The House Committee on Foreign Affairs voted in favor of a bill that gives President Joe Biden the power to ban TikTok.
The Chinese video-sharing social media platform is highly popular among young Americans and is at the center of data collection and national security concerns. More than 100 million Americans used the app, which is subject to the Chinese government’s oversight and data disclosure requirement.
The committee voted 24-16 along party lines for Deterring America’s Technological Adversaries Act, which permits the presidents to ban the app in America. Under current U.S. law, the app is shielded from American sanctions.
Texas Congressman Michael McCaul, the committee’s chair, sponsored the bill – HR 1153. If made law, the regulation would prohibit Americans from “engaging in any transaction with a person that the Secretary of the Treasury determines knowingly provides or may transfer sensitive personal data or persons subject to the United States jurisdiction to any foreign person.”
“My bill empowers the administration to ban TikTok or any software applications that threaten U.S. national security. And make no mistake — TikTok is a security threat,” McCaul said in a statement, per The Hill. “Anyone with TikTok downloaded on their device has given the CCP a backdoor to all their personal information. It’s a spy balloon into your phone.”
More than 25 state governments have banned downloading or accessing TikTok on state-owned networks or devices.
On Feb. 27, the Biden administration gave federal government agencies 30 days to make sure the app is not on any government-issued devices or system. The directive complies with the No TikTok on Government Devices Act, which Congress passed in December.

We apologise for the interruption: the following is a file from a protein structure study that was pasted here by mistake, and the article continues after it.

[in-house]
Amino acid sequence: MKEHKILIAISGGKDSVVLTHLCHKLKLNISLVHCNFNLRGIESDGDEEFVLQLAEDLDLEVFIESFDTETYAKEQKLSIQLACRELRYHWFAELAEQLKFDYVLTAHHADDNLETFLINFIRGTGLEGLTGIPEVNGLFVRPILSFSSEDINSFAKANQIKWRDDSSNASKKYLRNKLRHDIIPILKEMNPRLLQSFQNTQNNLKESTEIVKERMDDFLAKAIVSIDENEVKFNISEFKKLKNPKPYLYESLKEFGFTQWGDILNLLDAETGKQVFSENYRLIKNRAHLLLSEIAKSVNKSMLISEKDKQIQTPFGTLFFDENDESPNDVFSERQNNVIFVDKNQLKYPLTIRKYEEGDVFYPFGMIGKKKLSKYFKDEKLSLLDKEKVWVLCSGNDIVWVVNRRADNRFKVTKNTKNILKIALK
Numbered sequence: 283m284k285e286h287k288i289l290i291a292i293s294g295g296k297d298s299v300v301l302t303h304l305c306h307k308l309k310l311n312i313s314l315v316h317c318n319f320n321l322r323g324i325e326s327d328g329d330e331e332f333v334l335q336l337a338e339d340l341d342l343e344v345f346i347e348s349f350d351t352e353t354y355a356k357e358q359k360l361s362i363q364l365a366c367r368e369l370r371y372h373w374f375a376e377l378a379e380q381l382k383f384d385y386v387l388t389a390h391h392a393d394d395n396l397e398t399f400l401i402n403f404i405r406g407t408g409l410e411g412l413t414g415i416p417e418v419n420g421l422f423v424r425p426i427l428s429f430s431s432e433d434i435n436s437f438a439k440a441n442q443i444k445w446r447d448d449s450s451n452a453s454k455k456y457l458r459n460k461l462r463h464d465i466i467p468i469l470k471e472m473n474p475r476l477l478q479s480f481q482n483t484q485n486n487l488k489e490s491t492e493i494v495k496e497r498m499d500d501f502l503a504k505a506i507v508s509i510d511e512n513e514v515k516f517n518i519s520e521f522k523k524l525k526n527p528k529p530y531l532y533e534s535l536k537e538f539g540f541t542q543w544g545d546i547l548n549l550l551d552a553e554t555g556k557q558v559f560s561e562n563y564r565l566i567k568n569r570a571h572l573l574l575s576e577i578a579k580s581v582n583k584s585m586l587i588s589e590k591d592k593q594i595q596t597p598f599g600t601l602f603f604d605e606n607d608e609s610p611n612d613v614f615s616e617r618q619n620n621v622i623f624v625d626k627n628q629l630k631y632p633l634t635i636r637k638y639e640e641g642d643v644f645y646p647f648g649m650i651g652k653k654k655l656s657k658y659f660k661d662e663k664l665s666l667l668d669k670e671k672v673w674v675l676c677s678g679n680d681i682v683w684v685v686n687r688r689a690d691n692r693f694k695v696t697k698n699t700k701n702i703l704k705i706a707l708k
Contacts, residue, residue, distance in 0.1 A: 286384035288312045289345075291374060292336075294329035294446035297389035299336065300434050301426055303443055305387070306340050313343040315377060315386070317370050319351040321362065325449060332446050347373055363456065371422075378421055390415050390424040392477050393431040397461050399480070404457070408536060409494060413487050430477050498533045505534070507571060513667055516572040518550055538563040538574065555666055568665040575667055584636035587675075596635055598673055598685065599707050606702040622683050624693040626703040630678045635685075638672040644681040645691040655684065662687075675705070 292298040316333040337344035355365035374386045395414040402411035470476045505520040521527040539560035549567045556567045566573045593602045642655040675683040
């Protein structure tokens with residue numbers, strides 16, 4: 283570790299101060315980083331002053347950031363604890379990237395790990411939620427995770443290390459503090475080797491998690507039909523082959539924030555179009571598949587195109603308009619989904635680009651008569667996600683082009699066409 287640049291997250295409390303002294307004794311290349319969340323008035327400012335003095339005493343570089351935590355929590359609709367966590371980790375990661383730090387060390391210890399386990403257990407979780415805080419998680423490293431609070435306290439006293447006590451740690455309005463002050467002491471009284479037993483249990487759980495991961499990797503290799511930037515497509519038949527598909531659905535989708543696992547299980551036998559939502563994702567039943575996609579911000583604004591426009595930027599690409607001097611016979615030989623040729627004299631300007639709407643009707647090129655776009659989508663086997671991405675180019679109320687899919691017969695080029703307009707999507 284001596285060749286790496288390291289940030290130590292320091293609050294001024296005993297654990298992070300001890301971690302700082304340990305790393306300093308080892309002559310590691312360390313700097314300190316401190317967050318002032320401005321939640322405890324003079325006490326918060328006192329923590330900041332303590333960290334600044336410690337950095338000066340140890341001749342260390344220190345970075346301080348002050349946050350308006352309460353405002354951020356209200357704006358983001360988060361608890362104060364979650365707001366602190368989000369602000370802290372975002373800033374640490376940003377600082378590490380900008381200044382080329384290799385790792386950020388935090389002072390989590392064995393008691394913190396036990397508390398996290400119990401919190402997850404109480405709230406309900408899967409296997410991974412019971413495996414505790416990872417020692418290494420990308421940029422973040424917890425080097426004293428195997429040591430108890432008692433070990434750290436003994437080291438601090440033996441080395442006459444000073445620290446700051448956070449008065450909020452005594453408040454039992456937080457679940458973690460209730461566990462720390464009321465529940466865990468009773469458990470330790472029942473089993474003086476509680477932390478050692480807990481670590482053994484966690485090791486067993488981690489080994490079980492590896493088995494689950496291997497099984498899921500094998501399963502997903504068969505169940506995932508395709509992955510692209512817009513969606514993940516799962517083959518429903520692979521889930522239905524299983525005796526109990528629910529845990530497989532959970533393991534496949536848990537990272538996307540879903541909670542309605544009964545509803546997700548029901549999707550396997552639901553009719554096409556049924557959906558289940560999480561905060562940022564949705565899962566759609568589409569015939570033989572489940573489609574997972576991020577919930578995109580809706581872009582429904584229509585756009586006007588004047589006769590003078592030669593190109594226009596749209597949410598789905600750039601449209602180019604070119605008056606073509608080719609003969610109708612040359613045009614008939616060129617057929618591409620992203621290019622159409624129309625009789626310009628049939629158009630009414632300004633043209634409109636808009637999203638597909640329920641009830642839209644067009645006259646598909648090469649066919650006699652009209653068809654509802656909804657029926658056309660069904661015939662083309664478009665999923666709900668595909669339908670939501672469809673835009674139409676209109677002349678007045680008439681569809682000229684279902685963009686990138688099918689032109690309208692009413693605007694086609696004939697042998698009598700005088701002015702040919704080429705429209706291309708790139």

“The Biden-Harris administration has invested heavily in defending our nation’s digital infrastructure and curbing foreign adversaries’ access to Americans’ data,” said Chris DeRusha, the federal chief information security officer, per AZ Central. “This guidance is part of the administration’s ongoing commitment to securing our digital infrastructure and protecting the American people’s security and privacy.”
The American Civil Liberties Union announced on Feb. 27 that it “strongly opposes” HB 1153. The organization argued the bill was a threat to the First Amendment.
“Congress must not censor entire platforms and strip Americans of their constitutional right to freedom of speech and expression,” said ACLU senior policy counsel Jenna Leventoff in a statement. “Whether we’re discussing the news of the day, live streaming protests, or even watching cat videos, we have a right to use TikTok and other platforms to exchange our thoughts, ideas, and opinions with people around the country and around the world.”
TikTok has repeatedly denounced efforts to ban the platform in America.
“A U.S. ban on TikTok is a ban on the export of American culture and values to the billion people who use our service worldwide,” a TikTok spokeswoman told Reuters after the House Committee’s vote.
Following the committee’s vote, the bill is expected to be submitted to the full House for a vote sometime in March.